The following list is a collection of planning documents, reports and other resources that provide important background, examples to draw from and other related research that will be considered in the process of creating future design recommendations and possible tools for helping shape future Division development.
- Next Portland – http://www.nextportland.com/map/
Provides a snapshot of development proposals around the City of Portland including recently built, projects under permit review, or under construction. Projects tagged as “Early Assistance” have some of the best potential for community input.
- Division Green Street/Main Street Plan (2006) – https://www.portlandoregon.gov/bps/article/108541
Good history and background for Division land use and development including the never built Mt Hood freeway. Note the pearls of development framework, vision, and segmentation of lower, middle and upper character; and specific characteristics and development opportunities at key intersections. Also note design concerns are expressed throughout the document, however transportation-related funding and focus of this plan precluded detailed attention to this aspect beyond the Division Design Standards in the Main Street Overlay that were a result of the plan.
- Main Street District Design Handbook
Published by the Portland Development Commission. Good resource for streetscape and building design. Note section on “New Development”, pages 59-60.
- Infill Design Toolkit – http://www.portlandoregon.gov/bps/49254
Prototypes, townhouse examples, some Clinton examples to draw from, good design principles for residential also apply for the commercial corridor with minor adaptation.
- Good Infill & Compatibility Resources – http://mrsc.org/Home/Explore-Topics/Planning/Development-Types-and-Land-Uses/Infill-Development-Completing-the-Community-Fabric.aspx
- Older, Smaller, Better: Measuring how the character of buildings
and blocks influences urban vitality – Executive Summary, Full Report. Authored by Preservation Green Lab (part of National Trust for Historic Preservation), this important research shows that neighborhoods containing a mix of older, smaller buildings of different ages support greater levels of positive economic and social activity than areas dominated by newer, larger buildings. These benefits include higher walking levels, greater diversity of ages and incomes, minority owned businesses, larger number of creative jobs, greater number of jobs in small businesses, greater affordability, less chain stores and more ethnic diversity, etc.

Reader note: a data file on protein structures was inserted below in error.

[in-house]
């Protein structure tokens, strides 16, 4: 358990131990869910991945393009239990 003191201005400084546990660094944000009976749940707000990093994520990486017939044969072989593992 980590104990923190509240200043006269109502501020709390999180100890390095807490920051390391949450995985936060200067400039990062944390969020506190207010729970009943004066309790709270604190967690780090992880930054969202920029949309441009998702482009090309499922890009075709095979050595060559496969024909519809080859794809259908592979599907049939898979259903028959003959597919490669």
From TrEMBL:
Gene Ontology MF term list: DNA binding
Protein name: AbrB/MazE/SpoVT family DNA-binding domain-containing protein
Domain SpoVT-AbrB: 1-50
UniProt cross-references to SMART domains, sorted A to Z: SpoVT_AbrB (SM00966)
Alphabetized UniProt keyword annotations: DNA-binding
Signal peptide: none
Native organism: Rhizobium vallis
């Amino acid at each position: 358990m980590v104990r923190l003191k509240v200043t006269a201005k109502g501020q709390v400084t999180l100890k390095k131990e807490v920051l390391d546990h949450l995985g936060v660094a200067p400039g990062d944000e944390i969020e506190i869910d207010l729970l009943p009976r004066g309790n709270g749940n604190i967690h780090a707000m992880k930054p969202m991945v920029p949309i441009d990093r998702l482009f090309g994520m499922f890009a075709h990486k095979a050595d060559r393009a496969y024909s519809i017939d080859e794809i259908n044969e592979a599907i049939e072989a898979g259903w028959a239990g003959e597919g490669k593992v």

- Urban Design Toolkit: An Example of the Urban Design Process Looking at the Division Street Corridor: – A Portland State University Spring 2014 urban planning student project report on the Division Corridor. This was intended as a start for developing design guidelines and a framework for a possible future “Toolkit for Neighborhood Design” that might be developed later by the Division Design Committee. Please note, the concepts in this report are based on based solely on student work and have not included input or feedback from the community.
- Building Blocks for Outer SE Neighborhoods – http://www.portlandoregon.gov/bps/article/91895
Good diagrams and illustrations to draw from.
- Sunnyside Neighborhood Plan (1999) – http://www.portlandoregon.gov/bps/article/91052Includes Sunnyside Design Guidelines within the appendix; good historical descriptions and architectural style descriptions are useful references.
- Richmond Neighborhood Plan (1994) – http://www.portlandoregon.gov/bps/article/94112
Good housing policy language to reference regarding diversity, affordability, identity and character, retention of existing housing and protection from encroachment by commercial development.
- Boise Neighborhood Design Guidelines – https://divisiondesigninitiative.files.wordpress.com/2014/05/b2ecb-bna_designguide_v5.pdf – good possible initial framework example for Division; includes good photo collection of desired/undesired characteristics.
- Inner SE Community Plan – 1996? Addressed zoning issues not included in the Richmond Plan
- Division Clinton Business & Residential District Surveys (2013) – DCBA surveys includes some relevant interests and concerns from local residents and business owners. DCBA Resident Survey; DCBA Division Business Report
- Growing Better https://scholarsbank.uoregon.edu/xmlui/bitstream/handle/1794/7972/Portland_Growing_Better.pdf?sequence=1 Published by the City of Portland in 1993. It was adopted by the Planning Commission but NOT the City Council. In it there is strong language about the needs for collaboration in developing parking standards for both Commercial and Main Street areas. It also includes a focused design study of Division Main Street.
- Photography: Oregon Historical Society. BPS also has a collection of all new buildings built since in the last 5-10 years. Architectural Heritage Center also has historical photos – http://www.visitahc.org
- GIS – The City of Portland has full modeling data for the city.